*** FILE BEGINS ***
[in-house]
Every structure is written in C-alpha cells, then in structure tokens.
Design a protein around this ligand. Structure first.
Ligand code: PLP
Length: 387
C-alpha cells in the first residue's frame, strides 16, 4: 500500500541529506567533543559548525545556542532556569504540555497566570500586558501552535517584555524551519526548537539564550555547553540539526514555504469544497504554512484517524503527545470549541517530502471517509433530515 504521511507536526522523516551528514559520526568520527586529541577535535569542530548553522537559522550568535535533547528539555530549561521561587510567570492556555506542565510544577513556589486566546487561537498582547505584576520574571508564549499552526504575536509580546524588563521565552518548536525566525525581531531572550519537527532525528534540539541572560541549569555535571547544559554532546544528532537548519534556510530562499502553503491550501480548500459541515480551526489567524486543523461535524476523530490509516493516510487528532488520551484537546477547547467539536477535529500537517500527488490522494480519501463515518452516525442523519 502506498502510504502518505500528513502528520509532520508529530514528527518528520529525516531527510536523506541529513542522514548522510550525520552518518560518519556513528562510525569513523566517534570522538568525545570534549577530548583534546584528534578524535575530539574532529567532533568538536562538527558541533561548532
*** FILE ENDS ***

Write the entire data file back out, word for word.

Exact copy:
[in-house]
Every structure is written in C-alpha cells, then in structure tokens.
Design a protein around this ligand. Structure first.
Ligand code: PLP
Length: 387
C-alpha cells in the first residue's frame, strides 16, 4: 500500500541529506567533543559548525545556542532556569504540555497566570500586558501552535517584555524551519526548537539564550555547553540539526514555504469544497504554512484517524503527545470549541517530502471517509433530515 504521511507536526522523516551528514559520526568520527586529541577535535569542530548553522537559522550568535535533547528539555530549561521561587510567570492556555506542565510544577513556589486566546487561537498582547505584576520574571508564549499552526504575536509580546524588563521565552518548536525566525525581531531572550519537527532525528534540539541572560541549569555535571547544559554532546544528532537548519534556510530562499502553503491550501480548500459541515480551526489567524486543523461535524476523530490509516493516510487528532488520551484537546477547547467539536477535529500537517500527488490522494480519501463515518452516525442523519 502506498502510504502518505500528513502528520509532520508529530514528527518528520529525516531527510536523506541529513542522514548522510550525520552518518560518519556513528562510525569513523566517534570522538568525545570534549577530548583534546584528534578524535575530539574532529567532533568538536562538527558541533561548532